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World Economic Forum: Global Gender Gap Won't Be Closed For Decades

A woman cleans the floor prior to a session at the World Economic Forum, WEF, in Davos, Switzerland, Wednesday, Jan. 25, 2012.
Michel Euler
Associated Press
A woman cleans the floor prior to a session at the World Economic Forum, WEF, in Davos, Switzerland, Wednesday, Jan. 25, 2012.

The World Economic Forum has just released its annual Global Gender Gap report. Researchers found that the pay gap between men and women still exists across the world, and will for a long time:

According to the Global Gender Gap Report 2014, launched today, the gender gap for economic participation and opportunity now stands at 60% worldwide, having closed by 4% from 56% in 2006 when the Forum first started measuring it. Based on this trajectory, with all else remaining equal, it will take 81 years for the world to close this gap completely.

Of course, that phrase "all else remaining equal" means things could change, so that 81-year figure isn't definite.

The Global Gender Gap Index looked at 142 countries, measuring the gap between men and women in four areas: economic participation and opportunity (including salaries); education; political empowerment; and health and survival. The report found that no one country has closed its overall gender gap. And it attributed most of the shrinking of the gap over the last decade to more women working and entering politics.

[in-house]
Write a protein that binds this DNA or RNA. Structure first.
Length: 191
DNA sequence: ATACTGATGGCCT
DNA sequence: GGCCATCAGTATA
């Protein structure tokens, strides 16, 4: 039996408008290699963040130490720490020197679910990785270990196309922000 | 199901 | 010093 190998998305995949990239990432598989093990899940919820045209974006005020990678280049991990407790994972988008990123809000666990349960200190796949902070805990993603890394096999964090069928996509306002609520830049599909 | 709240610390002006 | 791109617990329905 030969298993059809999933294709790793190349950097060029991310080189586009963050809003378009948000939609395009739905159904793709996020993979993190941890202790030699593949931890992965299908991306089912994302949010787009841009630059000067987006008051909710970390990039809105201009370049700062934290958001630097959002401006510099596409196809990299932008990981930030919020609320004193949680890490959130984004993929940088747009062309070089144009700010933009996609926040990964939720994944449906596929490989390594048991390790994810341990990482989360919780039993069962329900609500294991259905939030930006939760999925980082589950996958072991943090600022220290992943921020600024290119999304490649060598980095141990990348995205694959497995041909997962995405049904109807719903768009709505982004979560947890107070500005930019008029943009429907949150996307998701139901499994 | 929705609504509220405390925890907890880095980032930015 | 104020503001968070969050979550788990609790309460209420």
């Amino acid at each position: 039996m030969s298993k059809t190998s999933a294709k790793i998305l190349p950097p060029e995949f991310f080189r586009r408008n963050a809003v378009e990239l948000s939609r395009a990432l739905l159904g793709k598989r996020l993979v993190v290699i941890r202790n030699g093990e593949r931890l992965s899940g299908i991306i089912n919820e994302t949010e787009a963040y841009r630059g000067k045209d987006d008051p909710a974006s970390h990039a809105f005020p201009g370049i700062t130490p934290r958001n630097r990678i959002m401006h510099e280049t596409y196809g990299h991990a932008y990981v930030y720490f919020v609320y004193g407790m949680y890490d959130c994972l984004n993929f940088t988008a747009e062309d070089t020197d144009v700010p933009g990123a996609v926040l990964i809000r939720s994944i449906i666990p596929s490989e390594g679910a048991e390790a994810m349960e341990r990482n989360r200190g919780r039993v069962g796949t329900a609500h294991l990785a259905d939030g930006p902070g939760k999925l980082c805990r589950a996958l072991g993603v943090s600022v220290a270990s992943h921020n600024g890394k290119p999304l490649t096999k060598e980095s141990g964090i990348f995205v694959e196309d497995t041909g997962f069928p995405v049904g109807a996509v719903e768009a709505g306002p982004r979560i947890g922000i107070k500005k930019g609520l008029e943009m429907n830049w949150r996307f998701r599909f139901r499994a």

The report found that Iceland has the smallest difference between men and women. The US came in 20th, up three spots from last year. The WEF says Nordic nations "remain the most gender-equal societies in the world." Here's the top 10: Iceland, Finland, Norway, Sweden, Denmark, Nicarauga, Rwanda, Ireland, Phillippines, and Belgium.

The Guardian reports there were some shifts further down the list:

Nicaragua went up by four places to sixth, while Rwanda came into the rankings for the first time at seventh. Ten countries from Latin America made the top 50, although there were significant declines for both Brazil and Mexico, and sub-Saharan Africa registered three in the top 20.

The study says large parts of the country are going backwards on key measures. For instance, nearly 30% of countries studied have wider education gaps now than they did they did nine years ago.

You can read thefull report here.

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Sam Sanders is a correspondent and host of It's Been a Minute with Sam Sanders at NPR. In the show, Sanders engages with journalists, actors, musicians, and listeners to gain the kind of understanding about news and popular culture that can only be reached through conversation. The podcast releases two episodes each week: a "deep dive" interview on Tuesdays, as well as a Friday wrap of the week's news.